The lofty ideals in A New Culture of Learning were inspiring to me, who has experience both outside and inside of many schools. Reform is best done at once from a bird’s eye, a fly-on-the-wall, and in the trenches. We can take the points of the book and identify its concrete and symbolic suggestions. Then we use that list, integrating it with the keepers and the rubbish of the present system. I will offer my own proposal for educational reform below.

We could reform school along these lines, making room for today’s requirements along the lines of standards and accountability. In open school, there are some centralized times, and mostly decentralized, project-oriented times. Students pursue what they choose, with teachers and their peers as advisors, giving counsel, inspiration and assistance.

There are parts we should keep of No Child Left Behind, but a lot of it to be thrown out. The good intentions of the law were to specify what education looks like, step-by-step, and be able to characterize and measure a Product, a Student, a Graduate; a Citizen. Say we made an outline something like the following:

The ends of our educational system are to produce thinking, productive, contributing citizens. We shall delineate various stages of learning, in various subjects – affective and effective – which can be identified as they are manifest in students along their educational journey.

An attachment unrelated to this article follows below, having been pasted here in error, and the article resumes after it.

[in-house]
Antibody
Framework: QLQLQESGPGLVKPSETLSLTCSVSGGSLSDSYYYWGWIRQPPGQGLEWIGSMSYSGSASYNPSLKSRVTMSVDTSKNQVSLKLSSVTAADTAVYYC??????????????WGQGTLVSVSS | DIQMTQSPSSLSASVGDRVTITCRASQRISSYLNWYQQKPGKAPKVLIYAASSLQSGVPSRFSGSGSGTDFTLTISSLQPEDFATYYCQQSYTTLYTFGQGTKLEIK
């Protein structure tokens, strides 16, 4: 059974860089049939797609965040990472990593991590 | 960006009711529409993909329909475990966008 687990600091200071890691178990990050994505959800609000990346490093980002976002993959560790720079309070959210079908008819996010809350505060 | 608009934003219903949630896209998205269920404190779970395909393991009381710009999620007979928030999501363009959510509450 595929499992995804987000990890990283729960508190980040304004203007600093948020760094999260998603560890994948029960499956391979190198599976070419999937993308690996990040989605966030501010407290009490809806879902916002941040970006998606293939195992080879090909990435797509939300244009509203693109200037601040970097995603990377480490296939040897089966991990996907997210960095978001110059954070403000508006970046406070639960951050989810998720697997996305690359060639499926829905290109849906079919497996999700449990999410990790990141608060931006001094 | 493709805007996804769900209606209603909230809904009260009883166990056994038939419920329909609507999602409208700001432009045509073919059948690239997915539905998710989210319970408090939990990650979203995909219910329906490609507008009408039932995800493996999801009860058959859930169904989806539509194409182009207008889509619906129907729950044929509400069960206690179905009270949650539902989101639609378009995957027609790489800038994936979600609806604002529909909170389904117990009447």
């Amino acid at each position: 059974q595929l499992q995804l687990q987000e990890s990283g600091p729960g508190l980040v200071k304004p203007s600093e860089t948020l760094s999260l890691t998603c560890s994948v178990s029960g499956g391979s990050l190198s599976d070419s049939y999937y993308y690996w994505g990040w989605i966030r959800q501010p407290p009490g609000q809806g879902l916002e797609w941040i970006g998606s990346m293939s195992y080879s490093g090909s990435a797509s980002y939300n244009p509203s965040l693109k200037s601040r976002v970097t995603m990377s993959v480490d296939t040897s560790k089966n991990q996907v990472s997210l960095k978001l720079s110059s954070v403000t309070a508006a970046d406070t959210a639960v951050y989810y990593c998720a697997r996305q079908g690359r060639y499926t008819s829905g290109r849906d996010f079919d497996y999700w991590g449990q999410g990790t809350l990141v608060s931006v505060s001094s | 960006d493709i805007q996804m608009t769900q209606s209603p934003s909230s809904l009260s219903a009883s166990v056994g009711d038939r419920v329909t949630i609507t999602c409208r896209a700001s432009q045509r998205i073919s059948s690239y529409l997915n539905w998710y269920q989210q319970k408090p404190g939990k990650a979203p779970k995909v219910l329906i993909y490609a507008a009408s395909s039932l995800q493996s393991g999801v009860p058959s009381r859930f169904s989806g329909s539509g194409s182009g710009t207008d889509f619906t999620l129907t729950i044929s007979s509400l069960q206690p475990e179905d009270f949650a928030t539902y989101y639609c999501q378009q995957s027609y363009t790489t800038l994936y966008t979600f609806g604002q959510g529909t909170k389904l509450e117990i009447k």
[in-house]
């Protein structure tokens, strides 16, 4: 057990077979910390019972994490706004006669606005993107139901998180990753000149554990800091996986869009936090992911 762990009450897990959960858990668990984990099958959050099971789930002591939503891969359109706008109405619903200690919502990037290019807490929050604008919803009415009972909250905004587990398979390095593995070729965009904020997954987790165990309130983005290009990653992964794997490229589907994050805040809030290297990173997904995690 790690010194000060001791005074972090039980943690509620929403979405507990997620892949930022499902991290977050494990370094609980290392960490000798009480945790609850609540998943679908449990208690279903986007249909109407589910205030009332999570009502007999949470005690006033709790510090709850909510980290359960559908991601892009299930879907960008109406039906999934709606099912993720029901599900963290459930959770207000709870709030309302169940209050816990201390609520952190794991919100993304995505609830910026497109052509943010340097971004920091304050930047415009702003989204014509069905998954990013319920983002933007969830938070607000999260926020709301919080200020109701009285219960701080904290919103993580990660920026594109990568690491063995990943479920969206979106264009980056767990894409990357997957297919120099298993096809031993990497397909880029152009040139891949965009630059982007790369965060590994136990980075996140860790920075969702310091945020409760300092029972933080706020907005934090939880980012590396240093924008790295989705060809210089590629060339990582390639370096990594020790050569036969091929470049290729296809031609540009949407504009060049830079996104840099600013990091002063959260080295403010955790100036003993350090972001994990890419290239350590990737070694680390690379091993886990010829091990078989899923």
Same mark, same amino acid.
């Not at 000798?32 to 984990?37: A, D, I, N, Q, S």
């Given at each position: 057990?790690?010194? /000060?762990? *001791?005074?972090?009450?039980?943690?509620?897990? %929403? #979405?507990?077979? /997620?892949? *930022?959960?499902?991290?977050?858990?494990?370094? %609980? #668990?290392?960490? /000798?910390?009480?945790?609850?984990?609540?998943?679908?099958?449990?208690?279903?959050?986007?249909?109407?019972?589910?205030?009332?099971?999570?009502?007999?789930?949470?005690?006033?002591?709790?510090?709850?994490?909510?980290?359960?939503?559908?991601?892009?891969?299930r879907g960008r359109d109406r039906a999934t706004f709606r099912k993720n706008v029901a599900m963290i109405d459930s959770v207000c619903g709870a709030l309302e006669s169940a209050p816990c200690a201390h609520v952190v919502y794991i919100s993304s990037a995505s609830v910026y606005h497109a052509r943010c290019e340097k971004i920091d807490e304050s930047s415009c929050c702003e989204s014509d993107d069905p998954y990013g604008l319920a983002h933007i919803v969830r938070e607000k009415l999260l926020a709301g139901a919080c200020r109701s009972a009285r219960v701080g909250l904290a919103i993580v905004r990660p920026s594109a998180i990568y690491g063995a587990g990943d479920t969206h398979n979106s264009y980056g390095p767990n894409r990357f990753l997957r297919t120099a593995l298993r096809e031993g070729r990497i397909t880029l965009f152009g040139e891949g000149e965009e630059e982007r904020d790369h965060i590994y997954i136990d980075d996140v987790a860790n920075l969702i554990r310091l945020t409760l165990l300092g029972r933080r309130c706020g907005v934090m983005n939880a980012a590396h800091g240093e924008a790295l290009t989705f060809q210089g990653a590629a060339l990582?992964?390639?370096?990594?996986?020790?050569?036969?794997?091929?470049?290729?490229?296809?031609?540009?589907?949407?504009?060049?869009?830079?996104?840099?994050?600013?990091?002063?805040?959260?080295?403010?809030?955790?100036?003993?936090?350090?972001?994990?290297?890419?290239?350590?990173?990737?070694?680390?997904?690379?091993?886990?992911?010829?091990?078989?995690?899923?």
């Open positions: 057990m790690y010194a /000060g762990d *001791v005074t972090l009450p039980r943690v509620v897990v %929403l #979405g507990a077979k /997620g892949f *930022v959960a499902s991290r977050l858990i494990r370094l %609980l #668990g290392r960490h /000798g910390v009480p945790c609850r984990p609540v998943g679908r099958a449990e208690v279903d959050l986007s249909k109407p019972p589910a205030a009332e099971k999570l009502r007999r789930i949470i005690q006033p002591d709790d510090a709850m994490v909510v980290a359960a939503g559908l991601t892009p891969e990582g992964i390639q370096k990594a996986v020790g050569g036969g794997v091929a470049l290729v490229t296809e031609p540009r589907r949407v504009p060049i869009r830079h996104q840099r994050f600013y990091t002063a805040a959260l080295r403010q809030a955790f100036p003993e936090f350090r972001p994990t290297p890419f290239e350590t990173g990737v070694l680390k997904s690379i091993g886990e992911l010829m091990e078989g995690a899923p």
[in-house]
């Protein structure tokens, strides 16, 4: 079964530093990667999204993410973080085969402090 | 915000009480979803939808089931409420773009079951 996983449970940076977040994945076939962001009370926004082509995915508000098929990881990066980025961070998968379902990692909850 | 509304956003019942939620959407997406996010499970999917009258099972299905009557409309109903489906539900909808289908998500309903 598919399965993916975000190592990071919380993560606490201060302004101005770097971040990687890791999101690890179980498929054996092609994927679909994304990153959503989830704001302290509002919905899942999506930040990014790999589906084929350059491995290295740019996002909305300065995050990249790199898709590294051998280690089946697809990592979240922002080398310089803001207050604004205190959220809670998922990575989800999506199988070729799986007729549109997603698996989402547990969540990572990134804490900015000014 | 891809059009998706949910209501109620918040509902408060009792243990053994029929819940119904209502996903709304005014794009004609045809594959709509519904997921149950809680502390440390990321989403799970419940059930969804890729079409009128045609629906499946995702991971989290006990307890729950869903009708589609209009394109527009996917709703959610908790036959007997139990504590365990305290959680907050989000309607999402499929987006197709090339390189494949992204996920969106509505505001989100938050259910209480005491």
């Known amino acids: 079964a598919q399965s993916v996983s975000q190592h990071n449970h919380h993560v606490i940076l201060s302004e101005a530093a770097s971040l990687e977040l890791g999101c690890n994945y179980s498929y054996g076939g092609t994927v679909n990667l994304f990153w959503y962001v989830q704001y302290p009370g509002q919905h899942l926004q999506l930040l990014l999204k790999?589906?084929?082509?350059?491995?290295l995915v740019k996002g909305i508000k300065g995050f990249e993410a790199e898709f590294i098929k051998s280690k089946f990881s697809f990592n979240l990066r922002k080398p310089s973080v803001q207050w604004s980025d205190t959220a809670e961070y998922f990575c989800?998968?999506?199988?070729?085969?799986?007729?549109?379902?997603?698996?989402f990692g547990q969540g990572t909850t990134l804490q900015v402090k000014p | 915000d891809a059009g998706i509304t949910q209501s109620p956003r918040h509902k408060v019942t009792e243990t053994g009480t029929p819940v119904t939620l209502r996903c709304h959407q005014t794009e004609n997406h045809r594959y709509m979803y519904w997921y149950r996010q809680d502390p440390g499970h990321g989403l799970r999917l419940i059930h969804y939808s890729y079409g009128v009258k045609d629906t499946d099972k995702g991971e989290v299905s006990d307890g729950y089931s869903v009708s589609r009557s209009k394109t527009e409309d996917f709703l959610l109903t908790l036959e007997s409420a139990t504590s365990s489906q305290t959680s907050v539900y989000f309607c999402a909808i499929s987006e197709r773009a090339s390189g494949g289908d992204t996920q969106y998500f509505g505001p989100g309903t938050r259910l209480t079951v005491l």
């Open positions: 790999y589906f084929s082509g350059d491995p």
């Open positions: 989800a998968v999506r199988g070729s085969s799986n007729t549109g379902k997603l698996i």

Rocks shall be defined as specific, observable steps which can be checked off as a student manifests the behavior or understanding. Levels shall roughly approximate present traditional grades, as if many students will achieve them around that time. Subjects would include traditional ones, like reading, writing, mathematics, calculus, local and world history, biology, physics, and so forth. Other Rocks would be in more affective areas, such as leadership, emotional maturity, teamwork, creative expression, or self-discipline. Certain Rocks would be required as core areas, which everyone must manifest in order to pass a level. Rocks Examples might include:

Level 5, Science: Student recognizes that insects have six legs, and go through complete and incomplete metamorphosis.

Level 4, Personal Development: Student offers a solution to a group problem which involves different roles/tasks of three others.

Level 2, Writing: Student can write complete sentences, involving a subject, direct and indirect object.

Level 6, Reading: Student can read and understand a book of at least five chapters and 5,000 words.

Level 3, Fitness; Student can throw and catch a ball to and from 3 meters.

Level 8, Learning: Student can research and prepare a persuasive monologue with associated media lasting five minutes.